August was a terrible month for the US economy.
Builders broke ground on fewer homes in August, a reminder that the housing market remains depressed.
The Commerce Department said Tuesday that builders began work on a seasonally adjusted 571,000 homes last month, a 5 percent decline from July. That’s less than half the 1.2 million that economists say is consistent with healthy housing markets.
Single-family homes, which represent roughly two-thirds of home construction, fell 1.4 percent. Apartment building plunged 12.4 percent. Building permits, a gauge of future construction, rose 3.2 percent.
Hurricane Irene also slowed construction in the Northeast.
September’s stats will probably show a bit of growth, due again to Irene. The slide in home building means quite a bit for the economy.
While home construction represents a small portion of the housing market, it has an outsize impact on the economy. Each home built creates an average of three jobs for a year and about $90,000 in taxes, according to the National Association of Home Builders.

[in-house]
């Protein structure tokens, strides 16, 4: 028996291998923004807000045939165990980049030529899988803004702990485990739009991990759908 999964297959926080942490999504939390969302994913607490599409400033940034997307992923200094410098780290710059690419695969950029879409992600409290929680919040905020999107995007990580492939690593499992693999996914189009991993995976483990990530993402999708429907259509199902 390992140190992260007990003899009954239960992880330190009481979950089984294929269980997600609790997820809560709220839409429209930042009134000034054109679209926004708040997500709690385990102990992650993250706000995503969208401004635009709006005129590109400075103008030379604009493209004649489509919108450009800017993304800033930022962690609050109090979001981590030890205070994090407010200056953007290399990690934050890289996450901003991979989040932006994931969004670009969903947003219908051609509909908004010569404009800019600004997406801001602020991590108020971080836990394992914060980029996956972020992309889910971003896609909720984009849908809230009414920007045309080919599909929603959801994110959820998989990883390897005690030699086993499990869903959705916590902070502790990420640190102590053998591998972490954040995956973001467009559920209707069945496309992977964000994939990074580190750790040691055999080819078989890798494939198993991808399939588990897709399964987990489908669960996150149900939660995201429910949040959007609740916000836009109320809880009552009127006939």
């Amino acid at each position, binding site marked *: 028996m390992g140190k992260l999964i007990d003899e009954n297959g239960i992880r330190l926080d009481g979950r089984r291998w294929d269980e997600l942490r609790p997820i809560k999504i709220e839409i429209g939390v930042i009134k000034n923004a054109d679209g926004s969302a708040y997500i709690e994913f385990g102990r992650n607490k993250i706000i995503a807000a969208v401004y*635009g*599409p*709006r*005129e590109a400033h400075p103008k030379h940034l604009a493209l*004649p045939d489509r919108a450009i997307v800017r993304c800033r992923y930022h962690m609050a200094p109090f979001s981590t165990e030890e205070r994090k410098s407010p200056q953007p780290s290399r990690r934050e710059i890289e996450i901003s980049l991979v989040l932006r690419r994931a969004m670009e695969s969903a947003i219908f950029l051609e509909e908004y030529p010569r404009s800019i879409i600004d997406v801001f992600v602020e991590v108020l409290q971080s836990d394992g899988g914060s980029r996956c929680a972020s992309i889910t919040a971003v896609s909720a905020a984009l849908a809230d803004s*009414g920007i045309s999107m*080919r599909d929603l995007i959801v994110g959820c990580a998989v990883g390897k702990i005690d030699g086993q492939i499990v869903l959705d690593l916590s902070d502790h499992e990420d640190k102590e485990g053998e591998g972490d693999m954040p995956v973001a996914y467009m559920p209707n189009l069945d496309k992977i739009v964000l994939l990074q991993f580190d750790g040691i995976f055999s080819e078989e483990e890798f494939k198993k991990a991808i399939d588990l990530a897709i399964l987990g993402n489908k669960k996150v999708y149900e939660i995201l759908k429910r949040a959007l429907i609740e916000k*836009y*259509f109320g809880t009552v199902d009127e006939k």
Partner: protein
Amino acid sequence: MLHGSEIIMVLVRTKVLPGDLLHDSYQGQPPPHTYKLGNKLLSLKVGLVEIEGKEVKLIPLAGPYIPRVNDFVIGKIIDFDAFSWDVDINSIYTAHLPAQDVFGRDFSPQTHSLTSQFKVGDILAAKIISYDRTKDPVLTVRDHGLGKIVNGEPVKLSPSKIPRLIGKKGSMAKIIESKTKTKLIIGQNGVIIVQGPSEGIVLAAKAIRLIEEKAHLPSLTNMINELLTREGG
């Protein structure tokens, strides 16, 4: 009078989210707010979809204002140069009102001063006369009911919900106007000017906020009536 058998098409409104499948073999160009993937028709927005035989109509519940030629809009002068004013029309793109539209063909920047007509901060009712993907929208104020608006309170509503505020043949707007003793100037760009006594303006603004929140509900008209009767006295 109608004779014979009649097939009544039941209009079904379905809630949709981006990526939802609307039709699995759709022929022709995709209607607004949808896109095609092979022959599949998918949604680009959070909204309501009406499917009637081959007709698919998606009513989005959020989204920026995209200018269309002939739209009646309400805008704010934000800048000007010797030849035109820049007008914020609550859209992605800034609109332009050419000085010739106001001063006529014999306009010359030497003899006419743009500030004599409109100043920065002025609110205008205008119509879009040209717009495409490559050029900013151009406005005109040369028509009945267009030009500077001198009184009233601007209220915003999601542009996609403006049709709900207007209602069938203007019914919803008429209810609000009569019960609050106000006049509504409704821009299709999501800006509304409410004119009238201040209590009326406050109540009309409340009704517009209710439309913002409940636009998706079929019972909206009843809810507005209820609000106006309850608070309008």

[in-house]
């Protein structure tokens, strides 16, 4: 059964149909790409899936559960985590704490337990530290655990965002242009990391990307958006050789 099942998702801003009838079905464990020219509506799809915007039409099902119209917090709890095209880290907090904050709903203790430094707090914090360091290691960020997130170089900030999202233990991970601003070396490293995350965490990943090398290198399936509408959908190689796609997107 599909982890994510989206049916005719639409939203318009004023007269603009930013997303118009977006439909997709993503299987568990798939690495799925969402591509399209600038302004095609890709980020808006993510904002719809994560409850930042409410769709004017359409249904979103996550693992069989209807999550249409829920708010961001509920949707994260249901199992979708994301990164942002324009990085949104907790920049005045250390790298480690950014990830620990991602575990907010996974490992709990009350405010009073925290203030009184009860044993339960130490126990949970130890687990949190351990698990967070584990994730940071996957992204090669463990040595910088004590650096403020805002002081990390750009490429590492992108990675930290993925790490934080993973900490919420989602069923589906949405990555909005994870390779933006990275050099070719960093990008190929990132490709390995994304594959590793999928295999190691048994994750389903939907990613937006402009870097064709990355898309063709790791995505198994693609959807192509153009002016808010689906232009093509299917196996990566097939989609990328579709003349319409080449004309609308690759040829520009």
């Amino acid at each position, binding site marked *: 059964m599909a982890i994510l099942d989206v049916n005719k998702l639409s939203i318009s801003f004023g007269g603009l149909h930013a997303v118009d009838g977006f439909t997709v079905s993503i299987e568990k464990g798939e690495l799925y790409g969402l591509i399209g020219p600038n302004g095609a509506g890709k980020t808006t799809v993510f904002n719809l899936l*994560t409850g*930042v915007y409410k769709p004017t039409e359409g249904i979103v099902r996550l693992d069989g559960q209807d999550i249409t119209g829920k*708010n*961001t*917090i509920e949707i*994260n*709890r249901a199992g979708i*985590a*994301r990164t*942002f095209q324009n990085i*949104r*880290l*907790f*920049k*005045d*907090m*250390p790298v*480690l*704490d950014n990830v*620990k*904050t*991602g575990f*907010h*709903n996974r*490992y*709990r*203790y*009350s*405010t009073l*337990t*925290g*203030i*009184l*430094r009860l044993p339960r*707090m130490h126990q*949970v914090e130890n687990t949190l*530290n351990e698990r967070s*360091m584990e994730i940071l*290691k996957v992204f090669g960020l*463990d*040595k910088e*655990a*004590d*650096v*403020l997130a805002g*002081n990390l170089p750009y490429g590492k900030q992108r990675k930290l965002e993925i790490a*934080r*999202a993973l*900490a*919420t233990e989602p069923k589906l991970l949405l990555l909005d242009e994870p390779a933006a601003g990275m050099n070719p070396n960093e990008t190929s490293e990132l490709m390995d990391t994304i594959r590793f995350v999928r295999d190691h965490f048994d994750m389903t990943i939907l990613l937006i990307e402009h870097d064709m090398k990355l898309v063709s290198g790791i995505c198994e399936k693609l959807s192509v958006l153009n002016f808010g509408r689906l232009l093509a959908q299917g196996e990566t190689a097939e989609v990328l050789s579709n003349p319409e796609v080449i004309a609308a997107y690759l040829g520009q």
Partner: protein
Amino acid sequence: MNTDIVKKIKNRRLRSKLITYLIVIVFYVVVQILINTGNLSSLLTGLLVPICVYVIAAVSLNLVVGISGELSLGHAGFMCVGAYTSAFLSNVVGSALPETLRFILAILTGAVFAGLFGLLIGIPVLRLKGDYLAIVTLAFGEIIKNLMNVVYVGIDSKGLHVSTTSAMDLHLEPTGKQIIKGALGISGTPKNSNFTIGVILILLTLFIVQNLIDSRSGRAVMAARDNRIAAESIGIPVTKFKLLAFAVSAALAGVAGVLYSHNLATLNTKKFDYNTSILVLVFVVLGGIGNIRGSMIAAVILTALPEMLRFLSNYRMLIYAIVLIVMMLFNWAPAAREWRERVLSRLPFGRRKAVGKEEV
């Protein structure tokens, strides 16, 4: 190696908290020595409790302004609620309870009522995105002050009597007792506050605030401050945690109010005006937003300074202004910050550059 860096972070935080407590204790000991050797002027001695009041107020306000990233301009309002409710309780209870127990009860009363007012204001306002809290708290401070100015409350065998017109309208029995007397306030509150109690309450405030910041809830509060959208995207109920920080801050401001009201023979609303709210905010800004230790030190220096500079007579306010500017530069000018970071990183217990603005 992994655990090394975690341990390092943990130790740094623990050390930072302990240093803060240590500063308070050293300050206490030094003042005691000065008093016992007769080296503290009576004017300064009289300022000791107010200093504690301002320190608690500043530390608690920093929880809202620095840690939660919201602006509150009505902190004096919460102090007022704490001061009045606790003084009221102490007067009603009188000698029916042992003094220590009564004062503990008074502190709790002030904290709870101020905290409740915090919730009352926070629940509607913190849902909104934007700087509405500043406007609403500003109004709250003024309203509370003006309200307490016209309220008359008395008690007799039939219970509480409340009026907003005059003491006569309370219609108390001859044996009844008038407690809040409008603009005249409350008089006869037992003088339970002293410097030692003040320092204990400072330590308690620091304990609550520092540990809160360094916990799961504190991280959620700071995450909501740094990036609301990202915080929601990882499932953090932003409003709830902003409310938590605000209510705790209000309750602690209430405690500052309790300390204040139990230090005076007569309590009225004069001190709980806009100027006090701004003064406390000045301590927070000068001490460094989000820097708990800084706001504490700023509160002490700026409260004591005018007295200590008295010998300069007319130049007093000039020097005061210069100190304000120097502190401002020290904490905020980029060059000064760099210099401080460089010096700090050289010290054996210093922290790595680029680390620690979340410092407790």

After previous recessions, housing accounted for at least 15 percent of economic growth in the United States. Since the recession officially ended in June 2009, it has contributed just 4 percent.
Add to this, that 40% of Americans believe their home will decline in value over the next year:
The latest Rasmussen Reports national telephone survey shows that 40% of U.S. homeowners now expect their home’s value to go down over the next year, the highest level of pessimism to date. Prior to the latest finding, this number ranged from a low of 19% to a high of 37% since April 2009.
None of the president’s plans address this fundamental weakness in the economy. His plans are all about politics.